.Davis Typewriter Works

.Davis Typewriter Works

Wednesday, October 3, 2012

Bijou in Bombay

One of the more interesting pieces in my collection is this delicate folder you see at left; click the photo to enlarge.

This is a price list for various kinds of office equipment being offered by The Office Applicance Corporation, Bombay, India in September 1936.  This folder is printed on exceedingly thin and delicate paper, and frankly it is a wonder that it survived.

On the front, we see a Woodstock standard machine; the company was offering both brand new Woodstocks (this is still the tried and true No. 5, which as of this date is the 5N variant) and Factory Rebuilt Woodstock machines at roughly half the price of the new ones.  The company also sold a very wide range of duplicating machines, adding machines, and many various office supplies including different kinds of paper and carbons.  The firm must have been a major outlet in that city.



The company also sold portable typewriters, but Woodstock never made any (although it did design and patent them) and thus couldn't supply them.  The market for portables in Bombay at the time was satisfied through Office Appliance Corporation by the "Bijou," which was a product of Seidel & Naumann in Germany.  The machine normally carried the label "Erika," but for the wide export market was relabeled in this fashion.  Inside the folder is this page:



Included with the folder you see above was another one, specially printed by S&N to advertise the features of its latest No. 5 model of the Bijou and the extra-cost 5M or "Master Model."  The brochure is itself a great piece of advertising visually and practically speaks for itself.  First we'll see the front cover.  Click any photo to enlarge (photos quite large for this piece.)


Next, the interior of this tri-fold brochure.  I've tried to ensure that the original colors of the brochure are reproduced on the internet as closely as possible.


Below, the two panels of the other side that we have not yet seen.  Of particular interest are the added features of the Master Model.


I find this brochure of interest because of the name variant; I first became aware of the multiplicity of export name variants applied to many varied German-made machines during the European Typewriter Project days, and had been interested by some of the S&N machines that carried the name "US Mirsa Ideal" and others.  As a historical snapshot, it's interesting enough; its delicate nature convinced me that I should scan it and get it on the internet before it can disintegrate further.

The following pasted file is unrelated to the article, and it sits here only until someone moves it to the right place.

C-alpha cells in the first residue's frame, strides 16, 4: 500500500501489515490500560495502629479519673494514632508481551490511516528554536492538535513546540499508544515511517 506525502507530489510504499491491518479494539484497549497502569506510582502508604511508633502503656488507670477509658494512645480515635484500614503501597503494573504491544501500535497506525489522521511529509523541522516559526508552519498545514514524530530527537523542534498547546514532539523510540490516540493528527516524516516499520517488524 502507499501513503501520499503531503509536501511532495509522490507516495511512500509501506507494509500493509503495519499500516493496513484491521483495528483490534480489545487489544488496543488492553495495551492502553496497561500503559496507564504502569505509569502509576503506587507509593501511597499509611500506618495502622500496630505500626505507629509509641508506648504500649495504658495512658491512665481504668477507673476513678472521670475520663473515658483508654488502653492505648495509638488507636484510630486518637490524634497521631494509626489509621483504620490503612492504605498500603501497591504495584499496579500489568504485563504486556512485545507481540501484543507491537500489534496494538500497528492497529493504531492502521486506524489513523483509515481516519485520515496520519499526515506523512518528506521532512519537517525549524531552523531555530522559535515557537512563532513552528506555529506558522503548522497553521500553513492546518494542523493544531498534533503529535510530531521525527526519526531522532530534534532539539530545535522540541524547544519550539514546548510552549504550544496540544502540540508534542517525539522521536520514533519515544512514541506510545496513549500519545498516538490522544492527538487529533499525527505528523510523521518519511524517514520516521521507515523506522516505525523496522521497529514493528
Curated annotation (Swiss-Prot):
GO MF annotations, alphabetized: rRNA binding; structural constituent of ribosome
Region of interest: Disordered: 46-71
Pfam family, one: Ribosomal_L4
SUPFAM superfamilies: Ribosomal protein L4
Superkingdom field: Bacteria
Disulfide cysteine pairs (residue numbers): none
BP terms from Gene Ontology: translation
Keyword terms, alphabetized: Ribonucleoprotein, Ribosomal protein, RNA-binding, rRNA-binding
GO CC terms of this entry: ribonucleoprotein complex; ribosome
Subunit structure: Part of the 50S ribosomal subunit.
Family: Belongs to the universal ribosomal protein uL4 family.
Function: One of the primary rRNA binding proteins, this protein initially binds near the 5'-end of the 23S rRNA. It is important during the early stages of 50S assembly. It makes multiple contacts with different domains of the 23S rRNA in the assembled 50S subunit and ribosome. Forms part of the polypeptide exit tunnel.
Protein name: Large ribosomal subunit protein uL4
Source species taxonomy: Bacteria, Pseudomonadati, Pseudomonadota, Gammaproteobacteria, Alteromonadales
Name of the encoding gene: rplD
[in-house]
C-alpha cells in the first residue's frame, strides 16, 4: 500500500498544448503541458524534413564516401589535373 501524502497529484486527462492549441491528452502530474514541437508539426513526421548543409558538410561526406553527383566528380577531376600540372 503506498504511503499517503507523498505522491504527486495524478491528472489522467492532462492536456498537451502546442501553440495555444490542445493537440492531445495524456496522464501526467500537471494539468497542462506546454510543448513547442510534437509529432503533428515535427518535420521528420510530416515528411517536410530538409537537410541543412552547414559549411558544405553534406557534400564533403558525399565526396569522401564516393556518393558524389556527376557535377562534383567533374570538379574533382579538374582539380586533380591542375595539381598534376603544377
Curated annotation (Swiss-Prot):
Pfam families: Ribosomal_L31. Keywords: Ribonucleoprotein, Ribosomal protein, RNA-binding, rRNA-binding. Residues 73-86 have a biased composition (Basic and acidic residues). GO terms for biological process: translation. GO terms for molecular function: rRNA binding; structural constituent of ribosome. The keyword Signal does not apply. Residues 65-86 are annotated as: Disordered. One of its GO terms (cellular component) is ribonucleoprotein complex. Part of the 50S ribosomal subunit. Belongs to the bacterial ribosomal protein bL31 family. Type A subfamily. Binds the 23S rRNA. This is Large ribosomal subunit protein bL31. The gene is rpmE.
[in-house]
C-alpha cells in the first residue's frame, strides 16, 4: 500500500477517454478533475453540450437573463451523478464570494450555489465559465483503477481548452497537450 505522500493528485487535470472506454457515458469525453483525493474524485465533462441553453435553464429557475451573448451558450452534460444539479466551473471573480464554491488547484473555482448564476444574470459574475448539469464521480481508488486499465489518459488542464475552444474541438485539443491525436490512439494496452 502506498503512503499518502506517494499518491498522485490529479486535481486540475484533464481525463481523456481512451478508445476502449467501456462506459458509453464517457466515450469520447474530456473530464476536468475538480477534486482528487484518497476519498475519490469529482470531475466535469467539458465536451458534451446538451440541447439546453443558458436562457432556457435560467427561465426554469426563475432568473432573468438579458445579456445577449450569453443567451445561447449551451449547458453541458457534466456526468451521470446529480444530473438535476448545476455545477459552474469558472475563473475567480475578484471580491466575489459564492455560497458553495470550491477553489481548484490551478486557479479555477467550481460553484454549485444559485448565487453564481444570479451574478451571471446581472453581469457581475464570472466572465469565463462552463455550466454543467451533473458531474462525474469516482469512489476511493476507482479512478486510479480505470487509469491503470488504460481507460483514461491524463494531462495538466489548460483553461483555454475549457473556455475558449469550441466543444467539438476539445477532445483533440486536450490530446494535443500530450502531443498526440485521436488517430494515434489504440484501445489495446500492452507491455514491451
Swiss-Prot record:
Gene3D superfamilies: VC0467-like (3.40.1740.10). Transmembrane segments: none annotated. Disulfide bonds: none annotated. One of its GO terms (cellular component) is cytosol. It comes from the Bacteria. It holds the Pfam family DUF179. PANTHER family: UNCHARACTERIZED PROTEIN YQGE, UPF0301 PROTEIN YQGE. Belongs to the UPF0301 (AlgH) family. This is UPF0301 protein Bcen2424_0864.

We'll see a bit more of the Office Appliance folder in another post, on another subject.

11:15 AM  10/3  Will Davis
PORTABLE TYPEWRITER FORUM / 10 YEARS 2002-2012  Click here

10 comments:

  1. I got the identical brochure in French - here, the name is "Erika". I'll post it later.

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  2. Excellent piece of ephemera. Now I really want an M -- those are some neat and unusual features for a portable. See what you've done?

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  3. A great looking machine and a great piece of history. What a neat find. I cannot wait to see some more of the folder!

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  4. Whoa... are the "M" features less common?!? I think I have a VERY special machine in my possession now...

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  5. Very nice advertisement. Add an M to my wishlist -- hopefully with Consular typeface.

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  6. Very nice typewriters advertised and excellent brochure! The color is still fantastic, given its age and fragility. I do love typewriter ephemera and have started collecting a bit myself. A current favorite is a Remington ad. I have them all scanned (save for my Adler manual); I should share soon.

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  7. You can find the French version of this brochure here.

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  8. Thanks for posting the literature! Now I finally know how the extra keys on my Erika M are supposed to work. I want that Consular typeface!

    Richard: The M has a really cool tab set mechanism. It sits down below the carriage with a very low profile.

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  9. Thanks to your publication I do now know more about my usMIRSA IDEAL with czech type.

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